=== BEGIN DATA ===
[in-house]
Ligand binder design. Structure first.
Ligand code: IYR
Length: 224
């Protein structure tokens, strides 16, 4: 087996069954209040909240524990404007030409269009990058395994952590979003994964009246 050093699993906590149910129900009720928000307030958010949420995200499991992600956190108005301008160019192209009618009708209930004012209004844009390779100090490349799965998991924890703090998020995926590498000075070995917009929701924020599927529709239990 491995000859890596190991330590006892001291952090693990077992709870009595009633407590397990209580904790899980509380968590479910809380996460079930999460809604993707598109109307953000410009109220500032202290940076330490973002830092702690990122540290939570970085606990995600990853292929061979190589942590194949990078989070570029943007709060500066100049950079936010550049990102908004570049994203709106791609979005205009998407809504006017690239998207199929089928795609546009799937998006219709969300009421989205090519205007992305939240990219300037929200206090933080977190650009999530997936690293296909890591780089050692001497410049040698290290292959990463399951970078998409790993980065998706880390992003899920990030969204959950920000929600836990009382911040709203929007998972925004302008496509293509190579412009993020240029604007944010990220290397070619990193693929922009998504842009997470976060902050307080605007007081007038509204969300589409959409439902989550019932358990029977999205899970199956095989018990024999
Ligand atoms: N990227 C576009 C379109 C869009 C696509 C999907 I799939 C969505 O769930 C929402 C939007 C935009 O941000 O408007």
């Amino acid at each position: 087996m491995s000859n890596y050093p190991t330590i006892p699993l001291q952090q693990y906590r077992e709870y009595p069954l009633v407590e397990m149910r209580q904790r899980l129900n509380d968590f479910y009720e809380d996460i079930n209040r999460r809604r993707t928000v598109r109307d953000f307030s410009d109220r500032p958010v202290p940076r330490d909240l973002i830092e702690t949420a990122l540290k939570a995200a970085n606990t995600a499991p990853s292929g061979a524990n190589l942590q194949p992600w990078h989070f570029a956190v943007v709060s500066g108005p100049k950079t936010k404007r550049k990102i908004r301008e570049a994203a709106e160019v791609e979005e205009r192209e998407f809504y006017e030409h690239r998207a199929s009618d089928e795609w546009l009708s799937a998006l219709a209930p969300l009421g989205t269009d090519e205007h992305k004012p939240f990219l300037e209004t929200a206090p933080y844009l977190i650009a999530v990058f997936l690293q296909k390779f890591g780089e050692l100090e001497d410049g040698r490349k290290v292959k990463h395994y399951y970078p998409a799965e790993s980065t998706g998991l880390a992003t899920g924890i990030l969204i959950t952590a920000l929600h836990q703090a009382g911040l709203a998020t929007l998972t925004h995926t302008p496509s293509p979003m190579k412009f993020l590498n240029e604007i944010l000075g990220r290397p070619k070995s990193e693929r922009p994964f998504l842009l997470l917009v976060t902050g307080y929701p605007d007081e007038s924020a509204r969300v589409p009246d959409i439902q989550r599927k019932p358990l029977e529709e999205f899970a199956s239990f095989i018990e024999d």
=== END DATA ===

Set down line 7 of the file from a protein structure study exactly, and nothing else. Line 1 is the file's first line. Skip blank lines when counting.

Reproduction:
């Amino acid at each position: 087996m491995s000859n890596y050093p190991t330590i006892p699993l001291q952090q693990y906590r077992e709870y009595p069954l009633v407590e397990m149910r209580q904790r899980l129900n509380d968590f479910y009720e809380d996460i079930n209040r999460r809604r993707t928000v598109r109307d953000f307030s410009d109220r500032p958010v202290p940076r330490d909240l973002i830092e702690t949420a990122l540290k939570a995200a970085n606990t995600a499991p990853s292929g061979a524990n190589l942590q194949p992600w990078h989070f570029a956190v943007v709060s500066g108005p100049k950079t936010k404007r550049k990102i908004r301008e570049a994203a709106e160019v791609e979005e205009r192209e998407f809504y006017e030409h690239r998207a199929s009618d089928e795609w546009l009708s799937a998006l219709a209930p969300l009421g989205t269009d090519e205007h992305k004012p939240f990219l300037e209004t929200a206090p933080y844009l977190i650009a999530v990058f997936l690293q296909k390779f890591g780089e050692l100090e001497d410049g040698r490349k290290v292959k990463h395994y399951y970078p998409a799965e790993s980065t998706g998991l880390a992003t899920g924890i990030l969204i959950t952590a920000l929600h836990q703090a009382g911040l709203a998020t929007l998972t925004h995926t302008p496509s293509p979003m190579k412009f993020l590498n240029e604007i944010l000075g990220r290397p070619k070995s990193e693929r922009p994964f998504l842009l997470l917009v976060t902050g307080y929701p605007d007081e007038s924020a509204r969300v589409p009246d959409i439902q989550r599927k019932p358990l029977e529709e999205f899970a199956s239990f095989i018990e024999d």